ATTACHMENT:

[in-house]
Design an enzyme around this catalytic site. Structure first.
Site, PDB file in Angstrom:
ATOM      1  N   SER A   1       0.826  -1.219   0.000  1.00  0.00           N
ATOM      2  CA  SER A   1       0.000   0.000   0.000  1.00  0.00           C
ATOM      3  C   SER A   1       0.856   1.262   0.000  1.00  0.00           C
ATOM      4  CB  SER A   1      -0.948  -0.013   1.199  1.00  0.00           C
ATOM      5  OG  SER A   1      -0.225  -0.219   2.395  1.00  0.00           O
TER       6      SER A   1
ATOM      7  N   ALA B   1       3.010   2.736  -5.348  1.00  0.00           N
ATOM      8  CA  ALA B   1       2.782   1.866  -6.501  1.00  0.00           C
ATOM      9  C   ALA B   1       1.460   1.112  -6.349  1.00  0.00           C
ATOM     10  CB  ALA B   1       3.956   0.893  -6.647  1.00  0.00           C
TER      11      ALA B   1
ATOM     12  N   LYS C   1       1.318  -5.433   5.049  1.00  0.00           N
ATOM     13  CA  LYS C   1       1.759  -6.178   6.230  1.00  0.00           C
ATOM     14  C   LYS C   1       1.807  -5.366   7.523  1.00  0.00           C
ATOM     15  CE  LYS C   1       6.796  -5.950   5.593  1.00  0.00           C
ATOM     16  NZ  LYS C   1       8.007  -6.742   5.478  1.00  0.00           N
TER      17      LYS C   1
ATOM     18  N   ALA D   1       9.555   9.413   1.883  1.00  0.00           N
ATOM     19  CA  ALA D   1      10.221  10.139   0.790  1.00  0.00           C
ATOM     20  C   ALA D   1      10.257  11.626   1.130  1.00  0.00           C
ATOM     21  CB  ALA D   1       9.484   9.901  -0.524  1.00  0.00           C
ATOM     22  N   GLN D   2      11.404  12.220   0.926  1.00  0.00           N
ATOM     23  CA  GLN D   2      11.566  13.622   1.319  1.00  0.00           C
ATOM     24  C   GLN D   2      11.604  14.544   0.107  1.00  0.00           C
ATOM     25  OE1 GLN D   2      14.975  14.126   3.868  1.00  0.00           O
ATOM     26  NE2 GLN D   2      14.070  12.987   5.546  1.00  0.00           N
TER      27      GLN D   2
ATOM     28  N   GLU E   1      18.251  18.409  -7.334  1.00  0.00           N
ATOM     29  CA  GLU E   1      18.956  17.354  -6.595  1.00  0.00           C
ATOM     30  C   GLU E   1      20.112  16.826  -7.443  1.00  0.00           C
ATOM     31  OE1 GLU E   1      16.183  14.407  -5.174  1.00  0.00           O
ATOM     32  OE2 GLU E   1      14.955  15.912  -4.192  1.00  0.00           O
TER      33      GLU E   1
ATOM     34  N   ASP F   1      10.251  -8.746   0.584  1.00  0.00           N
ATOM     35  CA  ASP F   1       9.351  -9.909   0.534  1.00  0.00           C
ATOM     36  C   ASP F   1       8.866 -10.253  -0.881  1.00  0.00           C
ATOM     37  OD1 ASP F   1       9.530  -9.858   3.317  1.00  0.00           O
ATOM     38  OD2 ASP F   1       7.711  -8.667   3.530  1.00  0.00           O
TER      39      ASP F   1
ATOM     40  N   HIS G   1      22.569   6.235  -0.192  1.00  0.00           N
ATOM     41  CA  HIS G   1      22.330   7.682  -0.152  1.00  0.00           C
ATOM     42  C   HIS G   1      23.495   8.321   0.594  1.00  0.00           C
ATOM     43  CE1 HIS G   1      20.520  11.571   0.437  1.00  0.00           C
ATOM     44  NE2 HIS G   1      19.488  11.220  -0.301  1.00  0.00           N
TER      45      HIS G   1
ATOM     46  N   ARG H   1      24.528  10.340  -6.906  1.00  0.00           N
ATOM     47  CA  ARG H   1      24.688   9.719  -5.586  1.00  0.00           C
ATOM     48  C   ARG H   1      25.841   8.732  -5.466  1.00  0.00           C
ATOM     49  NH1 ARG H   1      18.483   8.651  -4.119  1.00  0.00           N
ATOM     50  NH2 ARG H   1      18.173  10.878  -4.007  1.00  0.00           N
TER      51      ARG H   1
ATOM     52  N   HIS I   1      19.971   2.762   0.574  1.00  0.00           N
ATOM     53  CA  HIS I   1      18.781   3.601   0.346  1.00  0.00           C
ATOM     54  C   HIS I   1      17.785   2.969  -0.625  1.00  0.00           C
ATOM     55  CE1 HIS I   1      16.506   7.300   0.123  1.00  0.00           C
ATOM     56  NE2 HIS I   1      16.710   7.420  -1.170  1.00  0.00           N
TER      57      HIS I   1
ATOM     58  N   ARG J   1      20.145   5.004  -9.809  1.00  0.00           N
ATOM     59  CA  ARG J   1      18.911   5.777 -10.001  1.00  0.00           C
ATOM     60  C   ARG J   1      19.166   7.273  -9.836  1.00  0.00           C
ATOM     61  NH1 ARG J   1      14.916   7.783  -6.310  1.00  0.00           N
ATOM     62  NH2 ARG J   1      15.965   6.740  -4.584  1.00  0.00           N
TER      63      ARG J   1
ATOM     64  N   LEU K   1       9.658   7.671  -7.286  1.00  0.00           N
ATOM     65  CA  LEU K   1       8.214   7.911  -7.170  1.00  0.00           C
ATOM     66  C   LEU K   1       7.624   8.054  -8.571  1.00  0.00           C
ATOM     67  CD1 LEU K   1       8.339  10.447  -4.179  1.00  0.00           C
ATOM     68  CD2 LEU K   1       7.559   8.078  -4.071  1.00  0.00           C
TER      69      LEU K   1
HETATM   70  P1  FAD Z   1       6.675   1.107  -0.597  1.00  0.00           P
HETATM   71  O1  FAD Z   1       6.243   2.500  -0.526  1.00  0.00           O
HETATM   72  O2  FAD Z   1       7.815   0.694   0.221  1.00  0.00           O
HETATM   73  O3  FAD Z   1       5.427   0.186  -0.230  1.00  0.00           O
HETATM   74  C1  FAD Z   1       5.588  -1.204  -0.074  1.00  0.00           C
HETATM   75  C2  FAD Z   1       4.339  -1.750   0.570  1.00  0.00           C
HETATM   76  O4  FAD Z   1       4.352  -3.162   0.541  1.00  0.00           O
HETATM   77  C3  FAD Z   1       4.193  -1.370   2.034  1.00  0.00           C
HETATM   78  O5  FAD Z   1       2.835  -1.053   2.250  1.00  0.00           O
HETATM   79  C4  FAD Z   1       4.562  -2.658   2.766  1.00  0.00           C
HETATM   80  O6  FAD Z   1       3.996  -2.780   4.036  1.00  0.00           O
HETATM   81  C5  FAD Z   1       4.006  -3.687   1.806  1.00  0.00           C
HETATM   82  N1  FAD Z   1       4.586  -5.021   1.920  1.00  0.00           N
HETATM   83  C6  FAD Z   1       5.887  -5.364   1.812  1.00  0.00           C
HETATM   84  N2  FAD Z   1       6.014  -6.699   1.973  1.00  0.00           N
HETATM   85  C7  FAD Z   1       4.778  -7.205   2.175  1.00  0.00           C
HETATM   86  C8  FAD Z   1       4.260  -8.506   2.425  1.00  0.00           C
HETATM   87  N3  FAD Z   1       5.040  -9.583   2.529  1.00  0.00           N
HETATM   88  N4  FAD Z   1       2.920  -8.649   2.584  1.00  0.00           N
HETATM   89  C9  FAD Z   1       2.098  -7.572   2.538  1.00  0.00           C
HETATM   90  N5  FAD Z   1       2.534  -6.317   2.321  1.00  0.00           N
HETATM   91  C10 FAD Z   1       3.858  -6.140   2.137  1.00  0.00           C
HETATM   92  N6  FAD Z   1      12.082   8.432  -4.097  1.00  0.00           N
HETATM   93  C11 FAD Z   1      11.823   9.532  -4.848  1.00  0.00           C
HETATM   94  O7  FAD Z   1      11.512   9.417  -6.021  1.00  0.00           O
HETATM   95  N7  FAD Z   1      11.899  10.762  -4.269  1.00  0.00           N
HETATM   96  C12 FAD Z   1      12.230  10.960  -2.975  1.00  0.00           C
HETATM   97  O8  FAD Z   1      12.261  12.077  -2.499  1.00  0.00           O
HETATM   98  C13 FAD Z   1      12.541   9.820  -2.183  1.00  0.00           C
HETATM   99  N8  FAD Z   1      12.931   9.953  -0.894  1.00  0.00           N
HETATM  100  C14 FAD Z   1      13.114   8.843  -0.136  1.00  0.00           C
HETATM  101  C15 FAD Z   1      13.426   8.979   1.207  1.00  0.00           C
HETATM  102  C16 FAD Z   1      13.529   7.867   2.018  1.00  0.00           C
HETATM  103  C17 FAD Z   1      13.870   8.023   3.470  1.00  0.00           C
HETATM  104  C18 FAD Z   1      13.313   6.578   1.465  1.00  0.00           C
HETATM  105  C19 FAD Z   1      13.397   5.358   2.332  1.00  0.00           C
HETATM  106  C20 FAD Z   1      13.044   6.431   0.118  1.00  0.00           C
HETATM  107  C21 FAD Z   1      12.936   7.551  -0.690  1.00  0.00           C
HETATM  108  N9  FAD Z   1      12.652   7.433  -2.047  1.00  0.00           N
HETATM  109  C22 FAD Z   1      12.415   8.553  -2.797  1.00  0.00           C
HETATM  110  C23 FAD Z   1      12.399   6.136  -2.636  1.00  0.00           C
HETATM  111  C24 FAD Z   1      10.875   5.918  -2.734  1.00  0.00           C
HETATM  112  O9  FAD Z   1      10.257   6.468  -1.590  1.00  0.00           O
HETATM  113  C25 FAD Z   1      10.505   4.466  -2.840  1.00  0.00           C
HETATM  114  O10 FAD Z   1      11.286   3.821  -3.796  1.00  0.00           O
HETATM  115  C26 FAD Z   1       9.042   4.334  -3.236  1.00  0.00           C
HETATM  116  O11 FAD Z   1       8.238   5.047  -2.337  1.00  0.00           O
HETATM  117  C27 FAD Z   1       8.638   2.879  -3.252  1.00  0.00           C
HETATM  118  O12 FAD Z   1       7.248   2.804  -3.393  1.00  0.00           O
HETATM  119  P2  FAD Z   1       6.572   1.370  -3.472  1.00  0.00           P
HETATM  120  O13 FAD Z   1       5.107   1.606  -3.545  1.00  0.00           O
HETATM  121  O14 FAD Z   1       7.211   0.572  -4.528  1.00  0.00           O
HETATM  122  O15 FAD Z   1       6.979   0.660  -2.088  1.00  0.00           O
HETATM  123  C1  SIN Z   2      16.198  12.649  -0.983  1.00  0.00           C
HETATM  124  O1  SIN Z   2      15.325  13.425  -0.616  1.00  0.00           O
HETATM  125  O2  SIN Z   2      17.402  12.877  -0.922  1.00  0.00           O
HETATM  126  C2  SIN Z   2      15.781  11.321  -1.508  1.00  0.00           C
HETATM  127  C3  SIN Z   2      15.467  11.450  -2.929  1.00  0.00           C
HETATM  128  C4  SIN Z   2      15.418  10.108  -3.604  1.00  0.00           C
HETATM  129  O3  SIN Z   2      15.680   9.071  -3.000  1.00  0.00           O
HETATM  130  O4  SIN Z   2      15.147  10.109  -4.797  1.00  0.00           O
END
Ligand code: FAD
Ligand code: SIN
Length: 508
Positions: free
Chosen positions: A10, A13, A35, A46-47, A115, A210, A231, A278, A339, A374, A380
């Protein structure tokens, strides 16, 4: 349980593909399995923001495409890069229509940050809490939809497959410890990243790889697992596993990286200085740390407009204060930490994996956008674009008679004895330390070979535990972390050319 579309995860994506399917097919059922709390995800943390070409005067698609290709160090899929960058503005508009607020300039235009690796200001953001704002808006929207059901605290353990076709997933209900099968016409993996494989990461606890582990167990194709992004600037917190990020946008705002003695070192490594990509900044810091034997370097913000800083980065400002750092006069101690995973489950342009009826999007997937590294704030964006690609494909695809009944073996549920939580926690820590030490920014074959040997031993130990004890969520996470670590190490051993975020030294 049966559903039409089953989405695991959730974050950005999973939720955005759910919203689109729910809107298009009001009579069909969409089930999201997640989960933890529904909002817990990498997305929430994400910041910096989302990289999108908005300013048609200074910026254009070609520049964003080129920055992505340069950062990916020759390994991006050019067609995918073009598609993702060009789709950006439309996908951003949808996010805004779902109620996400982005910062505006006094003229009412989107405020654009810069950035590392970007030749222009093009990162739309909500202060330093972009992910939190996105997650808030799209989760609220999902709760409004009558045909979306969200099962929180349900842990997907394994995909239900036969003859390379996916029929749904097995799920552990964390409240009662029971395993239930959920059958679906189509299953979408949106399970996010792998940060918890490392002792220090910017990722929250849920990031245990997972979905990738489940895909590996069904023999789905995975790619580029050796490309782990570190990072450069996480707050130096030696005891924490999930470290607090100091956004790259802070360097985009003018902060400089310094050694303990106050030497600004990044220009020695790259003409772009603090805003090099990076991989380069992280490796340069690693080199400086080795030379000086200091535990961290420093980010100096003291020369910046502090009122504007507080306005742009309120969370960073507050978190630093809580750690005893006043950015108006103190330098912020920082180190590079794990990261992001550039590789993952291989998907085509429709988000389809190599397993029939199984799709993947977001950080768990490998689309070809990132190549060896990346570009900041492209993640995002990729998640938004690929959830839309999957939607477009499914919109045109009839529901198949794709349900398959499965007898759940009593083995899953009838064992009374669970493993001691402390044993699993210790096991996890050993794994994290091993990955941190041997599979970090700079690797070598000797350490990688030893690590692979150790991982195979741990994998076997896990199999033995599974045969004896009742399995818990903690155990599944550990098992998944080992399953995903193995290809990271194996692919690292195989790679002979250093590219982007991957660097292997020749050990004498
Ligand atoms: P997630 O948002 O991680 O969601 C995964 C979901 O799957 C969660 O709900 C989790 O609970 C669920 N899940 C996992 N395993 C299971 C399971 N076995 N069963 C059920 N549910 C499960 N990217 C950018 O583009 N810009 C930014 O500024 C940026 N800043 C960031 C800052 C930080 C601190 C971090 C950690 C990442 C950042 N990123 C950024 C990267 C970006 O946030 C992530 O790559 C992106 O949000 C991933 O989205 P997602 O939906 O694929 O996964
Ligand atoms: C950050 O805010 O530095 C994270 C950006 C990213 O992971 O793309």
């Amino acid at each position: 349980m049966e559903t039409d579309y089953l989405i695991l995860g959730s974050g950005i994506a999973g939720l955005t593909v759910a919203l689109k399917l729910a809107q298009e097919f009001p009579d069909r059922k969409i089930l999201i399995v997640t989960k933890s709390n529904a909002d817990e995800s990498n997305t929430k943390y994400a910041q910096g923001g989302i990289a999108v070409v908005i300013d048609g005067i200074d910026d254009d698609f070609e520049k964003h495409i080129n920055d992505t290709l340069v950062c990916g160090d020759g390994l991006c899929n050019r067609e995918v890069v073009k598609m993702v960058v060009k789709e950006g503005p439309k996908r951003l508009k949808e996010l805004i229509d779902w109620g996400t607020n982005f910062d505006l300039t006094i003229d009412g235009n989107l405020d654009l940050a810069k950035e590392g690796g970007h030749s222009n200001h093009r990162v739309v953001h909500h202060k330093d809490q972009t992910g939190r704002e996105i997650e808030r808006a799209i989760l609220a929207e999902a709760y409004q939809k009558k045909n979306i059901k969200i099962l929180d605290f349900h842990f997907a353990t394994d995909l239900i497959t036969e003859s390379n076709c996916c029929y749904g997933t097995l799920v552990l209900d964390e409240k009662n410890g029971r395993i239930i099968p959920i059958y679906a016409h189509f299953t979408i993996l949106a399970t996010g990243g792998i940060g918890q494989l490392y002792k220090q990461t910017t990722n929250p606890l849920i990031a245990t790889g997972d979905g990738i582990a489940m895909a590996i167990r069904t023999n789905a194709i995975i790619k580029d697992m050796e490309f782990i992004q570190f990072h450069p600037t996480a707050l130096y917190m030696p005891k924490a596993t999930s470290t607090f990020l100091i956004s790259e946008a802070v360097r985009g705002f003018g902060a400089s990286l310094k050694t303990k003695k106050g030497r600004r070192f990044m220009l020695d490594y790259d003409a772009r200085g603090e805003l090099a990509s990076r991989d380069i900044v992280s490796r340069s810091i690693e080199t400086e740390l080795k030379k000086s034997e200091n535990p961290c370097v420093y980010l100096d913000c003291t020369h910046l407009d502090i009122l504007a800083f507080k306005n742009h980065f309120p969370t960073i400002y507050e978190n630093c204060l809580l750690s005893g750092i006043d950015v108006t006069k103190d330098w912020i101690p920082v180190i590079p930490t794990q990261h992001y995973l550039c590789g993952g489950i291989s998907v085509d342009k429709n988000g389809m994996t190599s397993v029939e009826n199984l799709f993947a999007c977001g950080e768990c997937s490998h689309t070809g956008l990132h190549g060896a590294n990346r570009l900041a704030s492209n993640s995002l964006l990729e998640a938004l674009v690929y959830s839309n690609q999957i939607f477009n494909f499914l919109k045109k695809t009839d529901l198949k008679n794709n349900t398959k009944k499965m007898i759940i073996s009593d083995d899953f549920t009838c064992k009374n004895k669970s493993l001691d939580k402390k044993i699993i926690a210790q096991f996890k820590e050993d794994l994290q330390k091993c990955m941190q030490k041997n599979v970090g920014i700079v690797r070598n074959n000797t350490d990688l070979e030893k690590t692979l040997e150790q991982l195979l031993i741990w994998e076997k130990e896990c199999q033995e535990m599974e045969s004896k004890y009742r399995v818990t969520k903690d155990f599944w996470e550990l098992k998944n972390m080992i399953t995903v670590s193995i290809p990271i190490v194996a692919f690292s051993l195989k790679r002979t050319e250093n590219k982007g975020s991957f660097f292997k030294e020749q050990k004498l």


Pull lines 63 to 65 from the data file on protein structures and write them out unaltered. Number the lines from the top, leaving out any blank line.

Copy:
ATOM     60  C   ARG J   1      19.166   7.273  -9.836  1.00  0.00           C
ATOM     61  NH1 ARG J   1      14.916   7.783  -6.310  1.00  0.00           N
ATOM     62  NH2 ARG J   1      15.965   6.740  -4.584  1.00  0.00           N